A Conversation about Stone Fruit: Central Otago Stone Fruit Growers
Cromwell, with its hard to miss giant fruit sculpture, is known as New Zealand’s fruit bowl. In order to learn a little more about Central Otago stone fruit growers and their way of life, I decided to talk to two of the key orchardist in the Cromwell area: Simon and Trudi Webb and Kevin Jackson. I discovered that each has a unique story to tell about how they came to be in orchardists; however, they all agree on exactly why Cromwell’s stone fruit is world-class.An ideal climate, modern technology, advances in soil science, more accurate weather prediction and the latest techniques in fruit growing combined to make Cromwell’s stone fruit both visually pleasing, and super tasty. A delicious taste of summer in every bite, Cromwell’s cherries, apricots, peaches, nectarines and plums are snapped up by high-end export markets, supermarkets nationwide and visitors who make a point of stopping off at any one of the many roadside stalls over the season.
Founded in 1914, Webb’s Orchard is now home to the fifth generation of fruit growers as Simon and Trudi’s children: Cameron, Brooke and Ariana all take part in the summer harvest. Webb’s is one of the few large orchards in the area that doesn’t grow cherries; instead they focus on producing apricots, peaches, apples, plums and pears. With over 26,000 trees on the 32 hectares of orchard, so they produce a lot of fruit!
We had an animated discussion about Cromwell’s climate and how the cool winters set the buds and long hot summers provide ideal fruit growing conditions. When I asked what was their biggest achievement was, Simon looked philosophical and said “Still being here,” and he wasn’t joking. Most businesses have to survive currency fluctuations and other economic challenges; however, orchardists have the weather gods, the possibility of pest infestations and tree diseases thrown into the equation as an added bonus. Like most fruit growing families, they make the most of the winter months as in summer constant pruning, picking, packing and frost fighting means the opportunities to get away are few and far between.
Kevin Jackson of Jackson’s Orchard story is quintessentially “Cromwell”, as his original orchard is now under Lake Dunstan. Originally set in the Gorge between Cromwell and Alexandra, like the Webb’s, his fruit growing story involves multiple generations. His great, great grandfather was an Anglican Minister who settled in Alexandra. At the start of the gold rush, the ministerial collar was thrown aside and post-gold rush being an orchardist seemed like a good idea.
Once he left his gorge orchard (famous for its award winning apricots) Kevin toyed with the idea of buying the Shotover Jet in Queenstown. When this idea fell through, he and his son Mark and daughter Kirsten investigated buying land in either Alexandra or Cromwell. The Jackson Orchard of today was originally a sheep station. The property was the first settled in the area by William (Barry) Jackson, a successful butcher who became the first Mayor of Cromwell in 1866. Set on a gentle slope, the key benefit of this land is that it is less affected by frosts unlike other orchards found down on the valley floor.
It took seven years to put in irrigation, prepare the soil and grow the first commercially viable crop on the 30-hectare orchard, and twelve years before the first cherries could be sold. Today, like the Webb’s, Kevin is proud of his fruit which is exported overseas and consumed all over New Zealand. The Jackson road side stall also swarms with tourists sampling fresh produce and enjoying real fruit ice creams.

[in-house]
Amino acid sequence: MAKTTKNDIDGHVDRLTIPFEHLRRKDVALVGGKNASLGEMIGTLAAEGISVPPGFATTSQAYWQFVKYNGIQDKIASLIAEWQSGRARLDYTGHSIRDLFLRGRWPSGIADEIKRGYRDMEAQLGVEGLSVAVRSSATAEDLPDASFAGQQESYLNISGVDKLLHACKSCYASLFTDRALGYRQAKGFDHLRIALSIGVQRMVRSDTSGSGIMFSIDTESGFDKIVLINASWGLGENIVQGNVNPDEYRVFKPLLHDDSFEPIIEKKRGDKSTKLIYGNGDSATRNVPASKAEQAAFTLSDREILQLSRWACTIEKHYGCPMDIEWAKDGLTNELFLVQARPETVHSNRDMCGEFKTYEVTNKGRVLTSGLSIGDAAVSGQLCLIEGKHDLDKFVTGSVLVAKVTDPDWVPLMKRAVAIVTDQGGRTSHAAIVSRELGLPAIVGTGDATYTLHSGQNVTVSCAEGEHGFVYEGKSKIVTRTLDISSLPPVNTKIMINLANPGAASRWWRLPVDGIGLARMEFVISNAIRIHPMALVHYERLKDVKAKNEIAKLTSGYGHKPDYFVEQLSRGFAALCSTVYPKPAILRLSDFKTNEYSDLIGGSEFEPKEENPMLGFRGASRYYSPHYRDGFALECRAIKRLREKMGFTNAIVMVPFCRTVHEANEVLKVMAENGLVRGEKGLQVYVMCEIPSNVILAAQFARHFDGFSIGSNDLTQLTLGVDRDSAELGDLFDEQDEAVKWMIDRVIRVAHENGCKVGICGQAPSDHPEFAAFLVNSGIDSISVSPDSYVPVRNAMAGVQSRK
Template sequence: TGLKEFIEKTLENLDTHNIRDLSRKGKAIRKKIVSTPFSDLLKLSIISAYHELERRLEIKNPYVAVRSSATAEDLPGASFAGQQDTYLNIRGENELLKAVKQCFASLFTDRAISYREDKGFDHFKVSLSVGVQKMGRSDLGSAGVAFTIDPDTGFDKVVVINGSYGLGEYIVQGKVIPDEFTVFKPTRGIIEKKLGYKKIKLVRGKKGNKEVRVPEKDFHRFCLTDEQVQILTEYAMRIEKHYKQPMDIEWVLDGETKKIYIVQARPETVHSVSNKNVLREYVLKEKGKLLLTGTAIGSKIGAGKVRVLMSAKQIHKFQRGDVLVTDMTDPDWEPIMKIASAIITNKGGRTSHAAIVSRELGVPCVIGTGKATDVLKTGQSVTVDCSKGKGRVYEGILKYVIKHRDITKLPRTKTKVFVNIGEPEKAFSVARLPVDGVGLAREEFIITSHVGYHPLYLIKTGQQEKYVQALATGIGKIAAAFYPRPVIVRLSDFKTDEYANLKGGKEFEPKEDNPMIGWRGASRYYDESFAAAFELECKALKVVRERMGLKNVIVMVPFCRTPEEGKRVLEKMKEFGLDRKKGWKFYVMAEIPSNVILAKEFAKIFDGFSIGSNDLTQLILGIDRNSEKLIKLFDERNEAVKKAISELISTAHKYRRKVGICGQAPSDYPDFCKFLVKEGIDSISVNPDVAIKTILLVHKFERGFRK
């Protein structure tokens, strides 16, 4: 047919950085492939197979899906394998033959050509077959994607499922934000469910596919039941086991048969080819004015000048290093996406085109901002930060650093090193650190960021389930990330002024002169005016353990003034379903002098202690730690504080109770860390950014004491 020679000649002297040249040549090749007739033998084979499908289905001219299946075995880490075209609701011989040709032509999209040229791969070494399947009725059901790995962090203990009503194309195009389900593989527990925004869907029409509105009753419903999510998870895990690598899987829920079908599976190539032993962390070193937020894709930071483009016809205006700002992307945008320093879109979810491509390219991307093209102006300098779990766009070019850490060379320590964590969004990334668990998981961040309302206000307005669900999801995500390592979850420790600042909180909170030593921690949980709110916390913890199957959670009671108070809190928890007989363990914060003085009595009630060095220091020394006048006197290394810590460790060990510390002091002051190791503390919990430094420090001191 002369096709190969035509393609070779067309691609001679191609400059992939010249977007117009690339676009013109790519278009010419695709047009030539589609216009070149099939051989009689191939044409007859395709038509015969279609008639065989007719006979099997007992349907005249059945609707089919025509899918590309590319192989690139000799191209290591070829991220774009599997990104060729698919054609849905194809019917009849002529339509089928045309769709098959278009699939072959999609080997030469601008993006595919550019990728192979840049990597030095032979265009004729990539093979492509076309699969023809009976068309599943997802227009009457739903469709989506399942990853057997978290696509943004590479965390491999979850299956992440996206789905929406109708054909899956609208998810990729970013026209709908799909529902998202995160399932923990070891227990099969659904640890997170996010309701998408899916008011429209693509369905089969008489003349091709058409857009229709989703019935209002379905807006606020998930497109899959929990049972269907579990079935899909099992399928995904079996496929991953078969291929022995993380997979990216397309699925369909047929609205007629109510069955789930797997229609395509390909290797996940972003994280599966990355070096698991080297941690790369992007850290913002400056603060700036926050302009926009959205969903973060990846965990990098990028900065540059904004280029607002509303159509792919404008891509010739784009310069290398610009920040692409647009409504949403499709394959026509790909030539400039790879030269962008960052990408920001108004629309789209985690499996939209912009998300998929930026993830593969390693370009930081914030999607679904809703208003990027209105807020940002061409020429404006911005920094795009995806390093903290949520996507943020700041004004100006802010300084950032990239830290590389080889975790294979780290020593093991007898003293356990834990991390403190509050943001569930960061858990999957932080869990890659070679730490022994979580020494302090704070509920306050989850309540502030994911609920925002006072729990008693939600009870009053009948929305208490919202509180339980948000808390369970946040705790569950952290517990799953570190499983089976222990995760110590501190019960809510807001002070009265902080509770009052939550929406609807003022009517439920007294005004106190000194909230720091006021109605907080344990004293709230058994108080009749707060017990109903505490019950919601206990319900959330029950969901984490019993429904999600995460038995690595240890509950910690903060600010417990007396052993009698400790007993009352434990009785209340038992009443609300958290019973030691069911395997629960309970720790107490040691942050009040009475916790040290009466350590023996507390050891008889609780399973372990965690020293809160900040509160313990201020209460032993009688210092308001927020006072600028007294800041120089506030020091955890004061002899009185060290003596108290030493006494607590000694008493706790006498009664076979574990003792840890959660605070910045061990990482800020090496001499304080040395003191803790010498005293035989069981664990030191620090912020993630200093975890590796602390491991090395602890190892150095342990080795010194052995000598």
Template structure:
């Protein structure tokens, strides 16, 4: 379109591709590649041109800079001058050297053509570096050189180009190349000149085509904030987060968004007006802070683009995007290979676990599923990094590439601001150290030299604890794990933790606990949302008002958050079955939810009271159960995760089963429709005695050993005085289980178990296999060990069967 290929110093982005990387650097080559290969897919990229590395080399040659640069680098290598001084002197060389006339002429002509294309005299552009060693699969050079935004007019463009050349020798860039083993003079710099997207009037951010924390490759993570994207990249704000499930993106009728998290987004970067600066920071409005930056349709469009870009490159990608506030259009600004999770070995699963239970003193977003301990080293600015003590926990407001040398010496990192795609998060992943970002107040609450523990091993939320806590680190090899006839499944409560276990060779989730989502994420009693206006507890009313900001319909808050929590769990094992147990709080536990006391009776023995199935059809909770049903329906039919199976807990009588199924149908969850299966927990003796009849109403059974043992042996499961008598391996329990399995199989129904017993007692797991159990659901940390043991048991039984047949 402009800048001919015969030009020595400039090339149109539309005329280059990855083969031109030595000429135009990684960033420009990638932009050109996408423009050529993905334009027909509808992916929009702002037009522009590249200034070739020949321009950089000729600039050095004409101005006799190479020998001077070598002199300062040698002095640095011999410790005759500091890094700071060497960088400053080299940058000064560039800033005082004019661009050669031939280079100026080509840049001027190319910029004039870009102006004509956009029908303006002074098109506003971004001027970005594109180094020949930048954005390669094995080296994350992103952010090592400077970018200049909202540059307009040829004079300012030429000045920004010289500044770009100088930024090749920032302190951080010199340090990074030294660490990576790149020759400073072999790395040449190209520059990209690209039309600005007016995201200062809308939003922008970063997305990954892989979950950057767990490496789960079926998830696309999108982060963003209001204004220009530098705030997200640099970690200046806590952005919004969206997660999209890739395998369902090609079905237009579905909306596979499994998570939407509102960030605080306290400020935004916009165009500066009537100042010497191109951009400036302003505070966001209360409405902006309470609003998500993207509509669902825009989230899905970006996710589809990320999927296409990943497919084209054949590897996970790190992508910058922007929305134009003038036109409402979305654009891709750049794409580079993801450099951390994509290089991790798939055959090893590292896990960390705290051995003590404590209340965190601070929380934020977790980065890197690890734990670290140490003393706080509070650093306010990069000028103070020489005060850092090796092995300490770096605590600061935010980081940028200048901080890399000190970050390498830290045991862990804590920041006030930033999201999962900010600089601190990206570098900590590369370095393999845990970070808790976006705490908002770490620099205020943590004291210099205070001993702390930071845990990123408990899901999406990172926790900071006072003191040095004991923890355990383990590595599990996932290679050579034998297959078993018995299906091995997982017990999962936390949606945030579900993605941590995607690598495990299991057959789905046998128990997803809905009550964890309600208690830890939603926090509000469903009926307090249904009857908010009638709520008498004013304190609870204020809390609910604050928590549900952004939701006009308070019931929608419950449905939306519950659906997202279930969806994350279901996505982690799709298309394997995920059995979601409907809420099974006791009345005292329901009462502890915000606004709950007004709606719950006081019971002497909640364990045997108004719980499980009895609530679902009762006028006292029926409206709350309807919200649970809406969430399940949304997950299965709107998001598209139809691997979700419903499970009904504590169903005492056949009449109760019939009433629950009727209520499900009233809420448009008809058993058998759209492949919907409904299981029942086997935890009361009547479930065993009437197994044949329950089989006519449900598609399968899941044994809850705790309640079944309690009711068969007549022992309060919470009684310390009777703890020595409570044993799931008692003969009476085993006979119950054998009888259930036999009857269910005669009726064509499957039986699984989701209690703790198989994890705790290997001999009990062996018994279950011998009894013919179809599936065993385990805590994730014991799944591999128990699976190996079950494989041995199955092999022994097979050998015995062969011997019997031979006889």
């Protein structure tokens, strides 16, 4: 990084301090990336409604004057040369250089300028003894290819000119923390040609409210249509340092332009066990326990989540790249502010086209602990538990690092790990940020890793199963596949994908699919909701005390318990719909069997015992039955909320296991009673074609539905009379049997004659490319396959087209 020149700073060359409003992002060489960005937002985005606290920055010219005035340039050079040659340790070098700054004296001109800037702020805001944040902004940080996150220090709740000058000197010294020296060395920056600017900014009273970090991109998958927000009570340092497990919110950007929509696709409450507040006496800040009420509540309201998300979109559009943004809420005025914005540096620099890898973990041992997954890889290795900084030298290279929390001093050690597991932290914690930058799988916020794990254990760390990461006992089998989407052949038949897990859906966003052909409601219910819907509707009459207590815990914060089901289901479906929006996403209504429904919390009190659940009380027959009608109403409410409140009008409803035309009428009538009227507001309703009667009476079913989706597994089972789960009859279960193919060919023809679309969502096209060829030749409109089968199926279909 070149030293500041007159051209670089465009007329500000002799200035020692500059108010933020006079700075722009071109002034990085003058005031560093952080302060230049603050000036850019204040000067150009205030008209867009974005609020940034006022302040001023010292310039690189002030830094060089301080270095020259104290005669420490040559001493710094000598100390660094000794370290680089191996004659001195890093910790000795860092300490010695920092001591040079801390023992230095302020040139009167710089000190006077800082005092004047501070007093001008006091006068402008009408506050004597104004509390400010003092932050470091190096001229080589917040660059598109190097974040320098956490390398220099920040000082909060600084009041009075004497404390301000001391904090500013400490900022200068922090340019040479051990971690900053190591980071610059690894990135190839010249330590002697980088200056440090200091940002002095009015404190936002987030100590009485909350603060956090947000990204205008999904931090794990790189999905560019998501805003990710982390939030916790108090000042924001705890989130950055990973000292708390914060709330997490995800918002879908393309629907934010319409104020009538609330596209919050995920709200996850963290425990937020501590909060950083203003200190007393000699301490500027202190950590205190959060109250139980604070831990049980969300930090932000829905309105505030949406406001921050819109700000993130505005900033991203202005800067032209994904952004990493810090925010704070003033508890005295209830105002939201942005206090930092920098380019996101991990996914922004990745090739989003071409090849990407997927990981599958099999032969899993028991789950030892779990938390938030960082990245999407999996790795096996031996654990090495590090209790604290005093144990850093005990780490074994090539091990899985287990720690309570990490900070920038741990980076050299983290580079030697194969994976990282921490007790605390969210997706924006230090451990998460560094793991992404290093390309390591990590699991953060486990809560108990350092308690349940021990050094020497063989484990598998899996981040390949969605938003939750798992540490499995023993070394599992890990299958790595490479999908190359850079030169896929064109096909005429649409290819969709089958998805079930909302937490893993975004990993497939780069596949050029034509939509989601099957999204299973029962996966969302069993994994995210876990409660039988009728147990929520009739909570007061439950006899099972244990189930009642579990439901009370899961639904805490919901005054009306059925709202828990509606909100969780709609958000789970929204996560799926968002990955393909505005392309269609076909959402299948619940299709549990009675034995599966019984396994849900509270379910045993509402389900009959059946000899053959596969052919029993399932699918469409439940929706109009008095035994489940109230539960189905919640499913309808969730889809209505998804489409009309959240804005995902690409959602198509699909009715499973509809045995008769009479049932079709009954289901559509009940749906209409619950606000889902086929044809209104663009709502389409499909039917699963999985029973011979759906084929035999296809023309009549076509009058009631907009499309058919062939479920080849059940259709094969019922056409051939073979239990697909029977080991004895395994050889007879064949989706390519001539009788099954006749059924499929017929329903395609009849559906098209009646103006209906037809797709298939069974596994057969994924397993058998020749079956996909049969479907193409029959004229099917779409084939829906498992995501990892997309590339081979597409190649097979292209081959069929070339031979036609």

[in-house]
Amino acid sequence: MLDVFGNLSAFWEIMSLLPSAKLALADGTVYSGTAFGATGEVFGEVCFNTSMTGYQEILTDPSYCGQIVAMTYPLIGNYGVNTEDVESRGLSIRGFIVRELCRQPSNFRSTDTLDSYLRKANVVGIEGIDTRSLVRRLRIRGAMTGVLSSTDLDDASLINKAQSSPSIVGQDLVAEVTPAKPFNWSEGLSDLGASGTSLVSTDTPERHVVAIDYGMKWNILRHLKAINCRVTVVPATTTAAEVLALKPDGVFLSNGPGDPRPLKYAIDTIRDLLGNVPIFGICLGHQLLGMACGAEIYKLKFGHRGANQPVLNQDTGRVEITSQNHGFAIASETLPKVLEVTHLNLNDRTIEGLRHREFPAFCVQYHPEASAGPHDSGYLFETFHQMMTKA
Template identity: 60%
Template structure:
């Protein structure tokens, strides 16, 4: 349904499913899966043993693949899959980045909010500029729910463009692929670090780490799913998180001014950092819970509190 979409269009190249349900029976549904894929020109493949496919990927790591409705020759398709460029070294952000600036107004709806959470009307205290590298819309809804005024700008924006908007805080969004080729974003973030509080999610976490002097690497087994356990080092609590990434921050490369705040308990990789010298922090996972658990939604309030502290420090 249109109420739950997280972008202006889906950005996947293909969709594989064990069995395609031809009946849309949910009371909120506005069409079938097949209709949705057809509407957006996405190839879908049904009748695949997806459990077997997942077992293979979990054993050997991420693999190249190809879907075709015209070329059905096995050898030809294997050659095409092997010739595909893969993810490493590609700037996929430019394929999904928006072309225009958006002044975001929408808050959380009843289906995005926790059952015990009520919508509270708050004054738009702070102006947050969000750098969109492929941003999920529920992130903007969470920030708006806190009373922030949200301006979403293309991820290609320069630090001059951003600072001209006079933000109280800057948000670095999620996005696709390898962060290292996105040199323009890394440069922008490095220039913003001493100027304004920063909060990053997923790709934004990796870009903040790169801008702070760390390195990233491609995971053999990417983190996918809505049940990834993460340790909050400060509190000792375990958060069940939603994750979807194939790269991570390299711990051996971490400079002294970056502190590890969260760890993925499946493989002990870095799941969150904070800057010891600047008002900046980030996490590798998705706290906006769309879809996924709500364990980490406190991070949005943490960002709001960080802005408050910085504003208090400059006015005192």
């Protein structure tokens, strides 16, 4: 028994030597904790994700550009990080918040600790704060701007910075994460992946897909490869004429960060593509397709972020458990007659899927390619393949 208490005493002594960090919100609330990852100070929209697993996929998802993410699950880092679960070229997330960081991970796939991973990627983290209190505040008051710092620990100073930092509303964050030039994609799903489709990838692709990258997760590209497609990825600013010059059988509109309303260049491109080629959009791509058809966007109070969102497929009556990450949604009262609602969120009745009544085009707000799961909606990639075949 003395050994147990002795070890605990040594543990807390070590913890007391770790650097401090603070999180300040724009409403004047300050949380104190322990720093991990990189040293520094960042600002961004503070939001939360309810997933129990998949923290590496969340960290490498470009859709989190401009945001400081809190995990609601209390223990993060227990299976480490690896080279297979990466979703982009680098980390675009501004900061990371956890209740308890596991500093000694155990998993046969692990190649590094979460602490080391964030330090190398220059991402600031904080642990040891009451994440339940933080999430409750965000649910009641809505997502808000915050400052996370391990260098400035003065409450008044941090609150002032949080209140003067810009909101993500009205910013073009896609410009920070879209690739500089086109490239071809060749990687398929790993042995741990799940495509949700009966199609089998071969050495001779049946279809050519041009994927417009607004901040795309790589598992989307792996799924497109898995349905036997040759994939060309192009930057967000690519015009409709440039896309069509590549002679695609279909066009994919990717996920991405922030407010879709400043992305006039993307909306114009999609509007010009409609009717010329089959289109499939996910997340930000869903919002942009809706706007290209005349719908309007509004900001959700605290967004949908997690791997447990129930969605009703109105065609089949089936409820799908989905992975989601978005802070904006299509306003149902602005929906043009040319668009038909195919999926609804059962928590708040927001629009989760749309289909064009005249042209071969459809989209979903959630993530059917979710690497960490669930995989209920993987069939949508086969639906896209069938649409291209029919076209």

Cromwell really is the epicentre of the Central Otago Stone Fruit world and behind the road side stalls there are sophisticated operations worth exploring. Although, like many things the real story is about the people, that live and work on the land. This was echoed by each of the orchardists, as they said the best thing about growing fruit in Cromwell was meeting people from all over the world who come to work in the summer and enjoy the Central Otago lifestyle. To find out more about Cromwell’s fruit stalls, or to book an orchard tour go to www.cromwell.org.nz.
All About Tarras: High Street Shopping, High Tea and Award Winning Wines
On a sweltering hot day, Tarras found on the Southern side of the Lindis Pass is a welcome sight. With its weatherboard buildings and well-tended gardens, this small settlement seems to whisper history. Long before the road was tarsealed it was home to gold miners, sheep farmers and those looking for a quieter life.Today, you can refuel your vehicle and purchase homeware and gifts from the Tarras General Store and then head to the Tarras Country Coffee Shop for your own sustenance. Natasha Wilson, the café’s resident chef explains that the scones are ever popular, especially when they are used as a base for eggs benedict. Sitting at one of the sprawling tables out front enjoying a coffee, you can’t help but feel that you have entered a new and greener District after the sprawling tussock plains in Mackenzie Country.
Next door, the Merino Shop is home to the usual range of warm and woolly merino clothing; however, out back there is an unexpected surprise for visitors. Christina Perriam has created a high end designer merino and angora range - ‘Perriam’. Set in a studio that rivals any “High Street” shopping experience in New Zealand, this well-tailored clothing line is both elegant and exquisitely soft to wear.
Behind the roadside buildings, the original Tarras School is a shrine of sorts, paying homage to the famous woolly hermit of Bendigo Station - “Shrek”. This wily merino wether (castrated male sheep) evaded musterers for six years. In 2004, after being shorn his fleece weighed 27kgs, six times the weight of an average fleece! You can buy a children’s picture book detailing Shrek’s exploits in The Merino Shop, or grab a copy of John Perriam’s book “Dust to Gold”, which details a more adult version of life on Bendigo station and the story behind its woolly icon Shrek.